• Include a link to a picture map of your office location when using email templates to invite applicants to schedule in-house interviews.

#4 – Proactively follow-up with previous applicants in your current pool of candidates

There are many reasons why some people in your current candidate pool (i.e. people who have previously submitted an application to your site) may not be the best fit for your current job opportunities. However, they may be a fit a month, six months, or a year down the road. Don’t expect them to consistently reach out to you in the future, but put timing on your side by:

  • periodically reaching out to them by emailing newsletters or press releases about significant company developments;
  • making sure they are subscribed to your automated job alerts so that they receive notice any time you post a new job;
  • sending your top passive candidates a personal note every so many months to stay in touch

Consider running an applicant referral bonus program so that your previous applicants can earn rewards for referring their friends to other open positions. While the applicants probably wouldn’t refer friends to positions for which they are being considered, odds are there are plenty of other opportunities in other departments that might be a fit for a friend. If their referral is hired, then candidates could receive a small gift card. This program helps you save money and time on recruiting costs, but it also spreads good will among your passive candidates and helps you virally spread the word about your job opportunities to a wider audience.

#3 – Survey your applicants for input on how to improve your recruiting process

Survey your applicants for inputThis one isn’t for the faint of heart as you are opening the floodgates for potential negative comments – but this is all about improving, right? A baby step for this option would be surveying your newly hired employees to find out what they liked/disliked about their recruiting experience.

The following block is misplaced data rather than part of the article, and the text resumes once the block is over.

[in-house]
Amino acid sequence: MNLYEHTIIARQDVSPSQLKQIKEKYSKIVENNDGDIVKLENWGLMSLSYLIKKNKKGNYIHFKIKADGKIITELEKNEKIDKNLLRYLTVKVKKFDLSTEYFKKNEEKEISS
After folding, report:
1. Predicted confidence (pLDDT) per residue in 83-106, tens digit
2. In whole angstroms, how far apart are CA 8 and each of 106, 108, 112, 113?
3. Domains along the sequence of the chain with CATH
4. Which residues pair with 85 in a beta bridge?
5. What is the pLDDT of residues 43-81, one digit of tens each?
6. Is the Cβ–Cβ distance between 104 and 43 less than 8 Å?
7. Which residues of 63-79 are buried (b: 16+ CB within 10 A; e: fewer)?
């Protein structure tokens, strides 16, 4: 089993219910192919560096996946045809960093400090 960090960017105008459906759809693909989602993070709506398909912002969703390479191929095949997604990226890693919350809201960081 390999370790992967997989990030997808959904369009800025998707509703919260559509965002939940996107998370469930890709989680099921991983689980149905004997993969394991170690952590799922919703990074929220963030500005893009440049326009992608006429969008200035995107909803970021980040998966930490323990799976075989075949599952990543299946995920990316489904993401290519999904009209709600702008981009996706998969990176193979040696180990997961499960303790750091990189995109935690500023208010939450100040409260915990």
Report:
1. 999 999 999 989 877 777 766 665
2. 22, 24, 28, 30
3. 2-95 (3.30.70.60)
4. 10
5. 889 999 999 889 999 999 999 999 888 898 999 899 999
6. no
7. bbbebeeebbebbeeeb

However, if you really want to find out how to polish your employment brand’s reputation, then you might consider soliciting feedback from applicants who were not selected for positions, as well. Many candidates will not choose to participate since you didn’t select them; however, you may be surprised at the reaction you get from those who wish to remain engaged with your company and are therefore willing to participate. On the other end of the spectrum, if anyone by chance has an awful experience with your recruiting process (i.e. poor expectations set, late interviewers, lack of follow-up, etc.), they may be all too willing to tell you about it. You want this feedback so that you are aware of problems and can enact change – as well as report back on improvements.

If you’d like to offer an incentive for individuals to respond, depending on your industry, you may be able to offer some benefit to those who participate in the survey. For example, a restaurant, convenience store chain or retailer might offer a link to a coupon to applicants who complete the survey.

#2 – REALLY set expectations for candidates with job success factors sheet

Link to Job Success FactorsIs it enough to just create a comprehensive job description for the position noting all of the essential job requirements (with percentage of time spent on each duty allocated), qualifications and even workplace hazards chart? Maybe not. While it is important to have this unabridged version of the job description, as well as the more concise job posting description in circulation, take the opportunity to illustrate to candidates what it looks like to be successful in the role…after six months or a year, for example. What happens during a typical day/week? What will the candidate have accomplished or be working on independently in order for your organization to call him/her an “A Player” or a top 10% hire?

Make this sheet available to all candidates at the point of application by simply linking to it within the body of the job description. That way, truly interested applicants may take the time to download the document and get a better sense for the position, company culture. Applicants with the best potential job fit will become even more engaged and others will simply self-select out of the process after understanding more of the demands of the position. Here’s an example of a success factors description I put together for a position we hired earlier this year.